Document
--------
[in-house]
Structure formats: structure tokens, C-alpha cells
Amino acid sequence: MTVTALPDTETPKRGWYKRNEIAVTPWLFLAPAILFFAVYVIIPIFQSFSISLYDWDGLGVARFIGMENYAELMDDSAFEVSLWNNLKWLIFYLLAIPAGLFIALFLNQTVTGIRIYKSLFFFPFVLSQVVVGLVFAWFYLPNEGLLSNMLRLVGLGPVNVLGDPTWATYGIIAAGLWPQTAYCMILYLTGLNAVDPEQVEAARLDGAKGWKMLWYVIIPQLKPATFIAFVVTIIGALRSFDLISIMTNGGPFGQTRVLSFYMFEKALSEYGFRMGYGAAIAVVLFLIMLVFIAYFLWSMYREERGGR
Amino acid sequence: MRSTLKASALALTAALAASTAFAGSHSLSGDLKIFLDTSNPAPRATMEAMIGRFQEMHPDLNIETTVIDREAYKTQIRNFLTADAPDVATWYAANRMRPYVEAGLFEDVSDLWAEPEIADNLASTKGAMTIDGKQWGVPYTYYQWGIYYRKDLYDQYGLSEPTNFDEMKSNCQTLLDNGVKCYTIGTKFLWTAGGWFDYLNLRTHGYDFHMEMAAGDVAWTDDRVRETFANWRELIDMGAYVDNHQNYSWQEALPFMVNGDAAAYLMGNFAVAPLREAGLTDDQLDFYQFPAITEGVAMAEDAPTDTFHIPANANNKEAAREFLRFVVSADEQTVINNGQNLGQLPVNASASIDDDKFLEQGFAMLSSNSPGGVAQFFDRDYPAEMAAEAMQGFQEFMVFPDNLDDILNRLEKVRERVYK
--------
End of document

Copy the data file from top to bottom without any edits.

[in-house]
Structure formats: structure tokens, C-alpha cells
Amino acid sequence: MTVTALPDTETPKRGWYKRNEIAVTPWLFLAPAILFFAVYVIIPIFQSFSISLYDWDGLGVARFIGMENYAELMDDSAFEVSLWNNLKWLIFYLLAIPAGLFIALFLNQTVTGIRIYKSLFFFPFVLSQVVVGLVFAWFYLPNEGLLSNMLRLVGLGPVNVLGDPTWATYGIIAAGLWPQTAYCMILYLTGLNAVDPEQVEAARLDGAKGWKMLWYVIIPQLKPATFIAFVVTIIGALRSFDLISIMTNGGPFGQTRVLSFYMFEKALSEYGFRMGYGAAIAVVLFLIMLVFIAYFLWSMYREERGGR
Amino acid sequence: MRSTLKASALALTAALAASTAFAGSHSLSGDLKIFLDTSNPAPRATMEAMIGRFQEMHPDLNIETTVIDREAYKTQIRNFLTADAPDVATWYAANRMRPYVEAGLFEDVSDLWAEPEIADNLASTKGAMTIDGKQWGVPYTYYQWGIYYRKDLYDQYGLSEPTNFDEMKSNCQTLLDNGVKCYTIGTKFLWTAGGWFDYLNLRTHGYDFHMEMAAGDVAWTDDRVRETFANWRELIDMGAYVDNHQNYSWQEALPFMVNGDAAAYLMGNFAVAPLREAGLTDDQLDFYQFPAITEGVAMAEDAPTDTFHIPANANNKEAAREFLRFVVSADEQTVINNGQNLGQLPVNASASIDDDKFLEQGFAMLSSNSPGGVAQFFDRDYPAEMAAEAMQGFQEFMVFPDNLDDILNRLEKVRERVYK